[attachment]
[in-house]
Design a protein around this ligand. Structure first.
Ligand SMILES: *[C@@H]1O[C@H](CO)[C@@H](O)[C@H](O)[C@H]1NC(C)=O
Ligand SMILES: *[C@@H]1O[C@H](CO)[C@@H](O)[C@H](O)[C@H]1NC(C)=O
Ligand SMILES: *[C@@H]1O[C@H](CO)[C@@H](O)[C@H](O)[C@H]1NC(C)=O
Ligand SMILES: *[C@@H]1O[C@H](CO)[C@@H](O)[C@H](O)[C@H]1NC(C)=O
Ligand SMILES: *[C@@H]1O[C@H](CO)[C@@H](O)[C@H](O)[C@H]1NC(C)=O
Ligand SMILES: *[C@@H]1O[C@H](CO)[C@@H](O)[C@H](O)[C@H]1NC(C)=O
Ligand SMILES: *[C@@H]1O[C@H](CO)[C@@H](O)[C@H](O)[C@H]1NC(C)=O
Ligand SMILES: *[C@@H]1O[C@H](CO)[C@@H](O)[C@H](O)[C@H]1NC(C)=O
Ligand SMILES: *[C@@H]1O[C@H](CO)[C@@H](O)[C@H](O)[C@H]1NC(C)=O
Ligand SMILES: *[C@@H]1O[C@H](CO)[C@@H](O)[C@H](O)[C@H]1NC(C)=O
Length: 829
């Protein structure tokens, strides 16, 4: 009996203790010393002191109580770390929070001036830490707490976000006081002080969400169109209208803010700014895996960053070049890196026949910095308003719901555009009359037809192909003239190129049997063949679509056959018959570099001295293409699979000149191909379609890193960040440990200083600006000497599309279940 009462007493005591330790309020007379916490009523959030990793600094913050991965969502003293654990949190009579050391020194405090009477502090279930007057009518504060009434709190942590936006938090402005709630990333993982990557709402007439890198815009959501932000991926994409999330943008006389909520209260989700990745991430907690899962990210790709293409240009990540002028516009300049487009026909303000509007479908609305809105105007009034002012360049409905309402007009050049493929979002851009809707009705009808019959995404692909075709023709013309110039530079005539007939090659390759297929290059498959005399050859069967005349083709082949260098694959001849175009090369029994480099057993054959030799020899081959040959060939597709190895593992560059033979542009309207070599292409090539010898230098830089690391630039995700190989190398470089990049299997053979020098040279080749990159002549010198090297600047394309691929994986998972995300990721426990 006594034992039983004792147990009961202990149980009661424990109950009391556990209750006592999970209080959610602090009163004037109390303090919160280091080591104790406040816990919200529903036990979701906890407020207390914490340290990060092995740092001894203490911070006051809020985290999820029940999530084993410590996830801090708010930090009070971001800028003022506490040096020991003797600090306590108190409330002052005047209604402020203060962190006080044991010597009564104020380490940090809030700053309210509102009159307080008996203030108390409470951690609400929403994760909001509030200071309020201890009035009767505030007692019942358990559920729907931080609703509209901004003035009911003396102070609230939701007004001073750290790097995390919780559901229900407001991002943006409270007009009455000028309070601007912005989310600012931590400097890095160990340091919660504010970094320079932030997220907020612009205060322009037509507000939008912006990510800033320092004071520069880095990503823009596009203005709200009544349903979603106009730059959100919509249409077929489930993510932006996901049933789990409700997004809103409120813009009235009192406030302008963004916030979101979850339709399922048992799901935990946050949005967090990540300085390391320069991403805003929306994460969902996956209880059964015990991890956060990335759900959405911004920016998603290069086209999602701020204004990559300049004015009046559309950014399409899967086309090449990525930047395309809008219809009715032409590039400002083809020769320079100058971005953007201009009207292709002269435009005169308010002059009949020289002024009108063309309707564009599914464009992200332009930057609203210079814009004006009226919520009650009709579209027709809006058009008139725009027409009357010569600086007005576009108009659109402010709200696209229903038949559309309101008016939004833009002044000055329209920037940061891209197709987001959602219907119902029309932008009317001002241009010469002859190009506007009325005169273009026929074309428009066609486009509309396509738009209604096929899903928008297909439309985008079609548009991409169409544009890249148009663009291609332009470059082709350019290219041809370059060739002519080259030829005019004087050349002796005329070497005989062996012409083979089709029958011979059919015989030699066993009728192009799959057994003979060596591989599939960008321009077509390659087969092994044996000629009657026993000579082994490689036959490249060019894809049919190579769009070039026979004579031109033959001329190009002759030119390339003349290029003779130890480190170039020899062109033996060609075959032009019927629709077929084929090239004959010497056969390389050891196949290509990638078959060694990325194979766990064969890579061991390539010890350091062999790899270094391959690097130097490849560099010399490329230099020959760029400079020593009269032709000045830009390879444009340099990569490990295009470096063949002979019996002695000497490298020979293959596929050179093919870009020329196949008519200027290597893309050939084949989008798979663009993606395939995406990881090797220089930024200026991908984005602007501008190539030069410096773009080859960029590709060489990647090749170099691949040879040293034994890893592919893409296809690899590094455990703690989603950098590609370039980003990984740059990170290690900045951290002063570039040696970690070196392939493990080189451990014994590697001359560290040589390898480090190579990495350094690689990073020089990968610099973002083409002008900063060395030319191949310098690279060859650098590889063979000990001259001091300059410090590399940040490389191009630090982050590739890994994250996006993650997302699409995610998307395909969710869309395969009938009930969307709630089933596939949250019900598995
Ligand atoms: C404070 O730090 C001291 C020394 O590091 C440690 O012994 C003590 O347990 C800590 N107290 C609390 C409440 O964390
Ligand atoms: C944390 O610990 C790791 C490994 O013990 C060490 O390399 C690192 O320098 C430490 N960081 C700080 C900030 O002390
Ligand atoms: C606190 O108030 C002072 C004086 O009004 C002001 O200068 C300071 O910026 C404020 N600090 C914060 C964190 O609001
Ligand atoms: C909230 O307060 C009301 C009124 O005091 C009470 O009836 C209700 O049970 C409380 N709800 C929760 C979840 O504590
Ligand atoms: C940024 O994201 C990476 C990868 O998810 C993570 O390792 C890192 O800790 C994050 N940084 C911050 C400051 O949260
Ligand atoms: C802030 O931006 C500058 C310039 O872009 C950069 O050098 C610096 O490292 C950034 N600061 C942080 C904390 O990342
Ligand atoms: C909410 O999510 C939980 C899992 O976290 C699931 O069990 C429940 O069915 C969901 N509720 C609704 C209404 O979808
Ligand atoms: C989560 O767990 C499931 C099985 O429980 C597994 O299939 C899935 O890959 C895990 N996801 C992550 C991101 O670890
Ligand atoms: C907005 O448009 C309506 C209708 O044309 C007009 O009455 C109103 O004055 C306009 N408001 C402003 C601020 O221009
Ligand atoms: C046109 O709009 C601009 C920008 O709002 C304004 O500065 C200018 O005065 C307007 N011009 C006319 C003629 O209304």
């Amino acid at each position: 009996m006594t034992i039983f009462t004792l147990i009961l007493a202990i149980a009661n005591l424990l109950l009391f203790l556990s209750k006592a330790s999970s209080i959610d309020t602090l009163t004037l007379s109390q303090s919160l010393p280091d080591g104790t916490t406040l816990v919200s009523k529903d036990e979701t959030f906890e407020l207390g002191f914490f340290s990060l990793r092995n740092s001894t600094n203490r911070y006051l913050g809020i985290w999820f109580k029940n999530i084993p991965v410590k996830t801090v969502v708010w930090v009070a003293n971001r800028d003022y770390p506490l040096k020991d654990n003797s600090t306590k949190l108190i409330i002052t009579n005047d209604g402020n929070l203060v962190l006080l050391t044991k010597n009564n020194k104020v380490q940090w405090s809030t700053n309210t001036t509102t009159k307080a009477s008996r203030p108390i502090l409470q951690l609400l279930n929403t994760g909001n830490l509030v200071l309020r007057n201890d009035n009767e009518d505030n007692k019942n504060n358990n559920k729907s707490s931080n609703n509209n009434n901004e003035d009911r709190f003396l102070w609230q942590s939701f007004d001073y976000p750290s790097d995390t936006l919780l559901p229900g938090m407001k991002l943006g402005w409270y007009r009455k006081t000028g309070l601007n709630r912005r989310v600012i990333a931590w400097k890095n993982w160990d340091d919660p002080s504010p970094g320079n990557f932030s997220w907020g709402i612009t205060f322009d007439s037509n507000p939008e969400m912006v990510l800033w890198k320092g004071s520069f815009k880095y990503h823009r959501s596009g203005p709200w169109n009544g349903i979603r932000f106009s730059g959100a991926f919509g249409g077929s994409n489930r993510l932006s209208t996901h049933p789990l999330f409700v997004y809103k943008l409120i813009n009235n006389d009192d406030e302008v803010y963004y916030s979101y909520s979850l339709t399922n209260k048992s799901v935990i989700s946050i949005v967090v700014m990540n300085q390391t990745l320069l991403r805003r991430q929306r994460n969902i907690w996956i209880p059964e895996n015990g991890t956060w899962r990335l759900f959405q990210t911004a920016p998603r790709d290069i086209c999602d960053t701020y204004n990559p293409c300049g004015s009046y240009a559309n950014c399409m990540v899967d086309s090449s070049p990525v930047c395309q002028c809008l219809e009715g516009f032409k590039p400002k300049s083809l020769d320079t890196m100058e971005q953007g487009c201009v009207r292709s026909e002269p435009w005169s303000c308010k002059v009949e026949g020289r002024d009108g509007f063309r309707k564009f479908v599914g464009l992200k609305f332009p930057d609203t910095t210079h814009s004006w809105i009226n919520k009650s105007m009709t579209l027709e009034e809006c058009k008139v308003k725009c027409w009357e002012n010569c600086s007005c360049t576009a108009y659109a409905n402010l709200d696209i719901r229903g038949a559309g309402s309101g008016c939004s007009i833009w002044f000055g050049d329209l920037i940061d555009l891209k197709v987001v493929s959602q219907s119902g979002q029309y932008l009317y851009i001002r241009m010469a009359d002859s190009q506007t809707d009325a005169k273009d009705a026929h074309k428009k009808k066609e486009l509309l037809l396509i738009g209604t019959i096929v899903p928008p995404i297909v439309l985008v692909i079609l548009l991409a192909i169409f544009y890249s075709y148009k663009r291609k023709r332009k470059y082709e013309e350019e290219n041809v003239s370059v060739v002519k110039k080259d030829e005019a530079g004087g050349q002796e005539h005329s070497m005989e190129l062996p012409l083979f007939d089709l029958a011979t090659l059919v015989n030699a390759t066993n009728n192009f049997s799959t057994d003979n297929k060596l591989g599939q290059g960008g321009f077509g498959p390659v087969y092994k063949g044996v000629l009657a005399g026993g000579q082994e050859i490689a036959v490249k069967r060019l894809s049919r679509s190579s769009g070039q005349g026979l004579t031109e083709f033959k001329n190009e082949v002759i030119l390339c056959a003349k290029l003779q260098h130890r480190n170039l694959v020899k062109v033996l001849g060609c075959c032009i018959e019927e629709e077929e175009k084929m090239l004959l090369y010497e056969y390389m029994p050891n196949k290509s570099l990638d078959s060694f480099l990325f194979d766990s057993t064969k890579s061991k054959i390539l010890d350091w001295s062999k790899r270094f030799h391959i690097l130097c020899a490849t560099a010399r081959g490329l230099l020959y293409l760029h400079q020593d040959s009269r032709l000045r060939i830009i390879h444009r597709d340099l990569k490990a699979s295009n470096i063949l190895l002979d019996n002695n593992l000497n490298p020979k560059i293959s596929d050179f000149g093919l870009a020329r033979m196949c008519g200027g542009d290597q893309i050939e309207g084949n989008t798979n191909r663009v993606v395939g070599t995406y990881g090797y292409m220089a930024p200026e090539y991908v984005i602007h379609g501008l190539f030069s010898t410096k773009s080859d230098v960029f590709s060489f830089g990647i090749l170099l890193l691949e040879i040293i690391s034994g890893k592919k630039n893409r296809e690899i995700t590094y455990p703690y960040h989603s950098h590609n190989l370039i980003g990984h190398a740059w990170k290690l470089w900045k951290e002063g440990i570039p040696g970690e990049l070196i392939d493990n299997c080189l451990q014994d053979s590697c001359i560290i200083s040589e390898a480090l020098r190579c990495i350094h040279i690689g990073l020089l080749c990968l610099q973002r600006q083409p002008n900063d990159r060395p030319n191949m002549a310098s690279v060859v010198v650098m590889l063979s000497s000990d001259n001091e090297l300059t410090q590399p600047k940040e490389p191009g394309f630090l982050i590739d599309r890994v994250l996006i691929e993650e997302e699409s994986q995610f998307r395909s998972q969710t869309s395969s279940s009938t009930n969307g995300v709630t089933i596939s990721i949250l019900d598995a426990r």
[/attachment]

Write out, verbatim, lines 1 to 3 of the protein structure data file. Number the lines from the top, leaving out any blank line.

[in-house]
Design a protein around this ligand. Structure first.
Ligand SMILES: *[C@@H]1O[C@H](CO)[C@@H](O)[C@H](O)[C@H]1NC(C)=O